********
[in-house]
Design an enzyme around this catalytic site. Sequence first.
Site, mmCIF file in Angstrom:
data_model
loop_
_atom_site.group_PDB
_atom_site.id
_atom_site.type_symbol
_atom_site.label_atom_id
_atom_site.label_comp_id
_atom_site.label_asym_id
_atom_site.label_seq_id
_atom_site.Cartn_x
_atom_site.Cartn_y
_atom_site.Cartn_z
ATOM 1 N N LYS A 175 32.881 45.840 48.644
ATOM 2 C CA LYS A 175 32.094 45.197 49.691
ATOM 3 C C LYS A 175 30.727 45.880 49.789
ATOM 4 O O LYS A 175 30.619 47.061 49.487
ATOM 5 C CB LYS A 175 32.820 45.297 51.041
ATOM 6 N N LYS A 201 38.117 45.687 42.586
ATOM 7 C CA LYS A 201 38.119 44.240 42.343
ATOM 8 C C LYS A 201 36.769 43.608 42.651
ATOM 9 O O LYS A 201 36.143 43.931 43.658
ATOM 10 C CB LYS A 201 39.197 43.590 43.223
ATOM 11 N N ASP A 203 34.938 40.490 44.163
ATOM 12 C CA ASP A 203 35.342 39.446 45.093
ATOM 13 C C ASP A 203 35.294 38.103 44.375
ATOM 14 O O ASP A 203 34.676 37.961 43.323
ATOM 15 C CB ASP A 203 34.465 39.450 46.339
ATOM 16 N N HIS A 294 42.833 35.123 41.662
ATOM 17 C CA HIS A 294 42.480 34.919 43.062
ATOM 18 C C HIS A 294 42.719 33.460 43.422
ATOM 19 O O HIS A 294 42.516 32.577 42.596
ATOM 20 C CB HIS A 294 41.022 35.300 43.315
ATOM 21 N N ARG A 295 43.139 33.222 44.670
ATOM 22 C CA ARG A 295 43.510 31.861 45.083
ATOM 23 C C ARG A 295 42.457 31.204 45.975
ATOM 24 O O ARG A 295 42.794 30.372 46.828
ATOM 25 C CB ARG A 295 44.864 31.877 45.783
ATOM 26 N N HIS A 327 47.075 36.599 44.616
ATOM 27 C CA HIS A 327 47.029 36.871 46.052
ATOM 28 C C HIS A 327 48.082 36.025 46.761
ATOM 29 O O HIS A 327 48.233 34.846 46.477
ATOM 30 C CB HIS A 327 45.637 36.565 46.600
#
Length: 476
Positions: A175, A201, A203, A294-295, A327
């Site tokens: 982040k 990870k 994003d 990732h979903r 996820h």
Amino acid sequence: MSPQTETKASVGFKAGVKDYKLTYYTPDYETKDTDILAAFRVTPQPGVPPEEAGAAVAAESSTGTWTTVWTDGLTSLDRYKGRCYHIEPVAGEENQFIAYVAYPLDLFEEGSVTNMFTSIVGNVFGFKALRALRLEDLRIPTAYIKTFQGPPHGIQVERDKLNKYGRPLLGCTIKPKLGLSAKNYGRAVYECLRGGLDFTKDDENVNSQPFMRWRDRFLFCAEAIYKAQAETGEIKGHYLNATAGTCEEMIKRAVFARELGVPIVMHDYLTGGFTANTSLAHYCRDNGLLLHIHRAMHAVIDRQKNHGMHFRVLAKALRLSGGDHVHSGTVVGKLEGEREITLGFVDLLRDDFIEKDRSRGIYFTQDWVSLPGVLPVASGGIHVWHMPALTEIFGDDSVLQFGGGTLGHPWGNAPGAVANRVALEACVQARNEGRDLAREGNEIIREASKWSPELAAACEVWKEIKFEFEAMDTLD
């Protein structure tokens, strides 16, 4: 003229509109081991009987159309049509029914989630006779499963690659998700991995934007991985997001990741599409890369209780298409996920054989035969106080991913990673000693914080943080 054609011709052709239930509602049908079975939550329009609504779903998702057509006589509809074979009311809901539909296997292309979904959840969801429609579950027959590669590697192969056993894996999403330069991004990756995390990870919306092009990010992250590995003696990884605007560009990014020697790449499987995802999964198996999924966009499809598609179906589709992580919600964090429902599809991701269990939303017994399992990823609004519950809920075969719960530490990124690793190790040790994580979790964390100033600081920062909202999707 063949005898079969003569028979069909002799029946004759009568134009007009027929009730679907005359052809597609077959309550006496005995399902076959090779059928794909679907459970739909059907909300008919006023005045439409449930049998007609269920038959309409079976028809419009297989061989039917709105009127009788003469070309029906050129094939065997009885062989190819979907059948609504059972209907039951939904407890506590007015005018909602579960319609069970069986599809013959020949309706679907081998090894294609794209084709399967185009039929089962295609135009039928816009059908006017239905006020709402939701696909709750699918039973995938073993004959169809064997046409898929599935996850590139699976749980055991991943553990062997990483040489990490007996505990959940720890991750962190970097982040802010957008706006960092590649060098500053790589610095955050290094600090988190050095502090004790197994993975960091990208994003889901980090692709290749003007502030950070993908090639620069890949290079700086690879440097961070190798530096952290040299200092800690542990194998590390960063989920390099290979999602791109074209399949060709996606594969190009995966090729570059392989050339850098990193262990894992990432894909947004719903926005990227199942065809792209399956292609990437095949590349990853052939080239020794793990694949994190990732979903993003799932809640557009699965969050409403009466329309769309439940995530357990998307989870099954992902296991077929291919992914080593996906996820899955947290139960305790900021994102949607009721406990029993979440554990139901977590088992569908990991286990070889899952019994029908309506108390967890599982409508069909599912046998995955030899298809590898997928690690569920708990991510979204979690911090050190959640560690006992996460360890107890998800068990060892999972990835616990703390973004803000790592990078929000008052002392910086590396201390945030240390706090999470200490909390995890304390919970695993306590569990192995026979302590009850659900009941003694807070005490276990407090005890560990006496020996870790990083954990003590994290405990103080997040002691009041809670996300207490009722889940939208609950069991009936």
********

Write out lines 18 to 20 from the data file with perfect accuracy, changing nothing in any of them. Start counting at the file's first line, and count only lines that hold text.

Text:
ATOM 3 C C LYS A 175 30.727 45.880 49.789
ATOM 4 O O LYS A 175 30.619 47.061 49.487
ATOM 5 C CB LYS A 175 32.820 45.297 51.041